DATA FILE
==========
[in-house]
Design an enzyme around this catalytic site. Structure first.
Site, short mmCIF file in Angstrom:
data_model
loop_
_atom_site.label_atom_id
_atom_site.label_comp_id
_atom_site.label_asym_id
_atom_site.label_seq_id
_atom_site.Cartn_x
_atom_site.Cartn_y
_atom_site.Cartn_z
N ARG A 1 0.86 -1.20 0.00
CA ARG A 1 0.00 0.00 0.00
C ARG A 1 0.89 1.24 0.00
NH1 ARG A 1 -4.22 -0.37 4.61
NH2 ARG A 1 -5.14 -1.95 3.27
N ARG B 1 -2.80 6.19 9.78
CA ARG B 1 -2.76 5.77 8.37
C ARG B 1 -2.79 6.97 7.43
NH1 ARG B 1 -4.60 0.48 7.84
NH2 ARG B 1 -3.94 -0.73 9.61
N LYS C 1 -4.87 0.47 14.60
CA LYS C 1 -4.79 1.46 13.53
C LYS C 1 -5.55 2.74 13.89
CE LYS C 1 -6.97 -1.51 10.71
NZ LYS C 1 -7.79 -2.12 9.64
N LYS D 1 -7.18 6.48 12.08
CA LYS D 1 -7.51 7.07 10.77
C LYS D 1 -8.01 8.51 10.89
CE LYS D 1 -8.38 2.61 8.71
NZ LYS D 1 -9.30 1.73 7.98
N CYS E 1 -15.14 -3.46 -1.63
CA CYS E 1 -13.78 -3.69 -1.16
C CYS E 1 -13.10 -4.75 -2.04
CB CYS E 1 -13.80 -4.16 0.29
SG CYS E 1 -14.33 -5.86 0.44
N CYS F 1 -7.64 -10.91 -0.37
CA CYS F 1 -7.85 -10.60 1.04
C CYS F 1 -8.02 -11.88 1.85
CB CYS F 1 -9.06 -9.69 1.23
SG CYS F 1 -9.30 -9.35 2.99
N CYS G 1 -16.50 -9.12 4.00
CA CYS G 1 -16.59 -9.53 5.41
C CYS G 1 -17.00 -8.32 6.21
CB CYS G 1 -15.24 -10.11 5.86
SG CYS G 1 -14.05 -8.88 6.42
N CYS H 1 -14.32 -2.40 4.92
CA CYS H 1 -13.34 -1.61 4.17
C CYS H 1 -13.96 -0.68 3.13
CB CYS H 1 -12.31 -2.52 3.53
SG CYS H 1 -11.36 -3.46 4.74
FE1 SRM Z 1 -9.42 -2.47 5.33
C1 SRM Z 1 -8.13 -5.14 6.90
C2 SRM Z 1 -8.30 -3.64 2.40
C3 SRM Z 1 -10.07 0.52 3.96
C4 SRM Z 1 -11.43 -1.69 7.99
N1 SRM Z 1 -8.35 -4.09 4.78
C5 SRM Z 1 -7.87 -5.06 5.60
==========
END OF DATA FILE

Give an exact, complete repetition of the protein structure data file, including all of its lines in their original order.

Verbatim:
[in-house]
Design an enzyme around this catalytic site. Structure first.
Site, short mmCIF file in Angstrom:
data_model
loop_
_atom_site.label_atom_id
_atom_site.label_comp_id
_atom_site.label_asym_id
_atom_site.label_seq_id
_atom_site.Cartn_x
_atom_site.Cartn_y
_atom_site.Cartn_z
N ARG A 1 0.86 -1.20 0.00
CA ARG A 1 0.00 0.00 0.00
C ARG A 1 0.89 1.24 0.00
NH1 ARG A 1 -4.22 -0.37 4.61
NH2 ARG A 1 -5.14 -1.95 3.27
N ARG B 1 -2.80 6.19 9.78
CA ARG B 1 -2.76 5.77 8.37
C ARG B 1 -2.79 6.97 7.43
NH1 ARG B 1 -4.60 0.48 7.84
NH2 ARG B 1 -3.94 -0.73 9.61
N LYS C 1 -4.87 0.47 14.60
CA LYS C 1 -4.79 1.46 13.53
C LYS C 1 -5.55 2.74 13.89
CE LYS C 1 -6.97 -1.51 10.71
NZ LYS C 1 -7.79 -2.12 9.64
N LYS D 1 -7.18 6.48 12.08
CA LYS D 1 -7.51 7.07 10.77
C LYS D 1 -8.01 8.51 10.89
CE LYS D 1 -8.38 2.61 8.71
NZ LYS D 1 -9.30 1.73 7.98
N CYS E 1 -15.14 -3.46 -1.63
CA CYS E 1 -13.78 -3.69 -1.16
C CYS E 1 -13.10 -4.75 -2.04
CB CYS E 1 -13.80 -4.16 0.29
SG CYS E 1 -14.33 -5.86 0.44
N CYS F 1 -7.64 -10.91 -0.37
CA CYS F 1 -7.85 -10.60 1.04
C CYS F 1 -8.02 -11.88 1.85
CB CYS F 1 -9.06 -9.69 1.23
SG CYS F 1 -9.30 -9.35 2.99
N CYS G 1 -16.50 -9.12 4.00
CA CYS G 1 -16.59 -9.53 5.41
C CYS G 1 -17.00 -8.32 6.21
CB CYS G 1 -15.24 -10.11 5.86
SG CYS G 1 -14.05 -8.88 6.42
N CYS H 1 -14.32 -2.40 4.92
CA CYS H 1 -13.34 -1.61 4.17
C CYS H 1 -13.96 -0.68 3.13
CB CYS H 1 -12.31 -2.52 3.53
SG CYS H 1 -11.36 -3.46 4.74
FE1 SRM Z 1 -9.42 -2.47 5.33
C1 SRM Z 1 -8.13 -5.14 6.90
C2 SRM Z 1 -8.30 -3.64 2.40
C3 SRM Z 1 -10.07 0.52 3.96
C4 SRM Z 1 -11.43 -1.69 7.99
N1 SRM Z 1 -8.35 -4.09 4.78
C5 SRM Z 1 -7.87 -5.06 5.60